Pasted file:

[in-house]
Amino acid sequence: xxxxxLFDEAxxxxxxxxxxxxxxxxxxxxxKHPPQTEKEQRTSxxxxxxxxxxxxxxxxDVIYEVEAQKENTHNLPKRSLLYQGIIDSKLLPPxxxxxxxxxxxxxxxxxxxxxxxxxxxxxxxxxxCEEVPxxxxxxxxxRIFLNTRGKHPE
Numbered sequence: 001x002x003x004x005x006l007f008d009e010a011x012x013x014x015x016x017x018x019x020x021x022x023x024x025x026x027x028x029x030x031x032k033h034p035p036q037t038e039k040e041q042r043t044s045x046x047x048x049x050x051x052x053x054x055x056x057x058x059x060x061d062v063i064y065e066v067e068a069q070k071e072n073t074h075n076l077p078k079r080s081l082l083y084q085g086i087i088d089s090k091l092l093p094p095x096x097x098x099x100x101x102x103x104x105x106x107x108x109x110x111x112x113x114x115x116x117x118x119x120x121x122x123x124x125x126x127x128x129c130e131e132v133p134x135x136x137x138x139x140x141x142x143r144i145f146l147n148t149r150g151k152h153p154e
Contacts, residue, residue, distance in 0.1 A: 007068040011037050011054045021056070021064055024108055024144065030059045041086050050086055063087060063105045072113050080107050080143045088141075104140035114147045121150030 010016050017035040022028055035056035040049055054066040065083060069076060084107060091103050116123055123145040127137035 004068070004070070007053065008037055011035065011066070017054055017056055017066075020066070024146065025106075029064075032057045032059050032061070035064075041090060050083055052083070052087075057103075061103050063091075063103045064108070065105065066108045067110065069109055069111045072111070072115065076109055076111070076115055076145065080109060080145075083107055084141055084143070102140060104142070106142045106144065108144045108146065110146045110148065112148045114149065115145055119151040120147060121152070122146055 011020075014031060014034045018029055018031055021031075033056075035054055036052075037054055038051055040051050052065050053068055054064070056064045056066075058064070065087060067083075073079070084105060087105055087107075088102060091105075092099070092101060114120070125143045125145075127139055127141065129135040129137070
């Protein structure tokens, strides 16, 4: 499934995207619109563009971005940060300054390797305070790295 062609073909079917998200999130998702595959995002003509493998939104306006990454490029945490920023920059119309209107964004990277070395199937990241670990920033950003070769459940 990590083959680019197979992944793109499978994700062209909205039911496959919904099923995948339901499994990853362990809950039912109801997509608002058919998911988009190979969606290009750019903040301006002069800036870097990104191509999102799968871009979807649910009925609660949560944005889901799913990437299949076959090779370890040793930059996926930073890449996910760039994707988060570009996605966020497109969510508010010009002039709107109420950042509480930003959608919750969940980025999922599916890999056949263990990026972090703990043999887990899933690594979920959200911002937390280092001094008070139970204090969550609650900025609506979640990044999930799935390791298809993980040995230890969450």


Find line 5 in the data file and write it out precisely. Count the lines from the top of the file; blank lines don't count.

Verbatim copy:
């Protein structure tokens, strides 16, 4: 499934995207619109563009971005940060300054390797305070790295 062609073909079917998200999130998702595959995002003509493998939104306006990454490029945490920023920059119309209107964004990277070395199937990241670990920033950003070769459940 990590083959680019197979992944793109499978994700062209909205039911496959919904099923995948339901499994990853362990809950039912109801997509608002058919998911988009190979969606290009750019903040301006002069800036870097990104191509999102799968871009979807649910009925609660949560944005889901799913990437299949076959090779370890040793930059996926930073890449996910760039994707988060570009996605966020497109969510508010010009002039709107109420950042509480930003959608919750969940980025999922599916890999056949263990990026972090703990043999887990899933690594979920959200911002937390280092001094008070139970204090969550609650900025609506979640990044999930799935390791298809993980040995230890969450």